Copyright © 2019, Los Angeles Times | Terms of Service | Privacy Policy

Mutual rivalry respect

The football coaches at Burbank High and Burroughs don’t always get along.

In fact, in the more than six decades the area programs have been taken part in the rivalry, there has been some coaches who would have preferred to partake in their own rivalry against the opposition’s leader behind Memorial Field.

“When the coaches get along, I think that takes some of the pressure off the rivalry, in terms of pumping up the big game,” Burroughs Coach Keith Knoop said. “Whereas in the past, I’m not too sure each of the head coaches liked each other. That added a little oomph to it. Sometimes you wanted to win just to stuff it in the other guy’s face.”

None of that kind of bad blood will occur at this year’s Big Game, as the Bulldogs and Indians will meet for their 63rd installment of the rivalry at 7:30 p.m. Thursday at Memorial Field. Knoop, along with his Burbank counterpart, Hector Valencia, actually like one another, and the two are friends.


“We just met for breakfast on Saturday to exchange tapes and to talk football,” Valencia said.

Knoop and Valencia are actually both Burbank High alumni, with the Burroughs coach graduating in 1981 and the Bulldogs coach graduating in 1993.

Both have a great deal of respect for one another, and realize that they are both in the same fight to elevate the play of high school football in the city. As a result, both donate their time with the Burbank Vikings Youth Tackle Football program.

“In fact, both coaches are on our board of directors,” said Craig Hunter, the president of the Vikings. “Whenever I ask them to do something, they are all over it and they are always willing to help. They are really helpful to the program.”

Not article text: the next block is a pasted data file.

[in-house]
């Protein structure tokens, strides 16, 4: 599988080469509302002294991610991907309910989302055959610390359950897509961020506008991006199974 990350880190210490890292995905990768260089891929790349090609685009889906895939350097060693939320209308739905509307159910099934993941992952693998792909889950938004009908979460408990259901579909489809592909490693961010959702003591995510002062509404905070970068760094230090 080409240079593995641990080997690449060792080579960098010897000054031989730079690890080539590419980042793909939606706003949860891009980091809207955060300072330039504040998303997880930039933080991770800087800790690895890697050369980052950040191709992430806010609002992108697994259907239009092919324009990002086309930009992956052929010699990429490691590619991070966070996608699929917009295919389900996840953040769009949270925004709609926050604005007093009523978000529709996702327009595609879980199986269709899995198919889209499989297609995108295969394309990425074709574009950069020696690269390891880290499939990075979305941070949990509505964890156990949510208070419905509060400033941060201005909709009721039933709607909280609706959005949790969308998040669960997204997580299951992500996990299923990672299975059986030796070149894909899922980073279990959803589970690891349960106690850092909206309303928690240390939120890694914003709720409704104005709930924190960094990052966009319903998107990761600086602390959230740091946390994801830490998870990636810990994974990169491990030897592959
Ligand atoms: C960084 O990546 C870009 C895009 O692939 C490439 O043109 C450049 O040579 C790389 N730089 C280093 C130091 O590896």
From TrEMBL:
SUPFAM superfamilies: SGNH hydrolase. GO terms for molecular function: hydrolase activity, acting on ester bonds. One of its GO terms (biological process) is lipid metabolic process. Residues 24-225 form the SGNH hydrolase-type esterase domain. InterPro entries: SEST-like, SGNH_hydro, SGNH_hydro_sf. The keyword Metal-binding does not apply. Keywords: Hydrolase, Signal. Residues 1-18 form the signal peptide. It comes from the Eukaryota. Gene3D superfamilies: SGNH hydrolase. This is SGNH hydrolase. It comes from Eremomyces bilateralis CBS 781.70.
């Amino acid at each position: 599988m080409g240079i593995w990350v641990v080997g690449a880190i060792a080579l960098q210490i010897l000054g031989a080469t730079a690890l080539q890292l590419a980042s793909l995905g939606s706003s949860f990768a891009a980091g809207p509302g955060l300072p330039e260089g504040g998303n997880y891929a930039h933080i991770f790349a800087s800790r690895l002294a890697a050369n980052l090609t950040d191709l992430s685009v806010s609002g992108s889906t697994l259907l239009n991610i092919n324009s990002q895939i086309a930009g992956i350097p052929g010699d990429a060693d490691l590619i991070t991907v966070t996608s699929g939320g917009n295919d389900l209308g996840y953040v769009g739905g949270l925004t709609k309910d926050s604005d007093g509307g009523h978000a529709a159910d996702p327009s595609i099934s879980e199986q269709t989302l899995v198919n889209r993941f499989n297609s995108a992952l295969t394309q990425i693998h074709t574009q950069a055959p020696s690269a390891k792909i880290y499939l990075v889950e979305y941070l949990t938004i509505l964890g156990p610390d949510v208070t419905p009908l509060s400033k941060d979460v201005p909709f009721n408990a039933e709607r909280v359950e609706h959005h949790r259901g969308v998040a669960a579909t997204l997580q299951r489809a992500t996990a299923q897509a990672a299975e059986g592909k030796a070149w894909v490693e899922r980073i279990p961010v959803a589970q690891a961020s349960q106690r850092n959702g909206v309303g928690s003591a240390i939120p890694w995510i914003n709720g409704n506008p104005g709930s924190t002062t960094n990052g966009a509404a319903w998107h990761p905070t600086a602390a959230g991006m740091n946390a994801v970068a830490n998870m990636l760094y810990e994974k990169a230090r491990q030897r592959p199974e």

Knoop and Valencia appear to have a lot in common, and they take similar approaches to coaching. In addition, the coaches have a mutual respect for one another, and each realizes the other will have his squad prepared for Thursday’s game.

But don’t be fooled; Knoop and Valencia want to beat the other in the Big Game.

“I have nothing but respect for Keith and what he’s done over the years at Burroughs,” Valencia said. “We have a good relationship and we can talk about things. But when it comes down to it, we want to win the game and we’re going into the game focused on taking it.”

With Knoop being a Burbank graduate, some might think that he still bleeds a little Bulldog blue. However, although he admits he has fond memories of his alma mater, he had become a proud Indian.

“I really don’t think of myself as a Bulldog any more,” Knoop said. “A lot of my friends have their kids at Burbank playing football, and they all know where I played…I like to tell people that I went to Burbank for three years, but I’ve been at Burroughs for 18. And they pay me here!”

Both of the coaches have their respective teams playing at a high level this season. The squads come into the rivalry game with identical 5-1 records in the Pacific League. However, Arcadia — which will take on Crescenta Valley on Friday — also boasts a 5-1 mark. That means if the Apaches defeat the Falcons — which seems likely — either the Indians (5-4) or the Bulldogs (7-2) will be bumped from the championship picture.

Last season, Burroughs and Burbank shared the league title after the Bulldogs downed their rival in the Big Game, 28-21.

“We know if we win, we’ll get the title,” Valencia said. “We just can’t worry about what [Arcadia] is going to do. We just have to worry about ourselves, and what we need to do to win the game.”


Knoop said he and has a similar philosophy.

“Our guys know what they have to do,” said Knoop, whose team is trying to win its third league crown in five years. “We’re not going into this as the Burbank-Burroughs game. We’re going into this thinking that if we win we’re in first place, but if we don’t we’ll be a fourth-place team and we have to play the No. 1 seed [in the division for the playoffs].”

There is all the added wrinkle to the game, as this is supposed to be the final rivalry contest at the decaying Memorial Field. After the season, the venue is scheduled to be torn down and a new stadium facility and running track are to be built.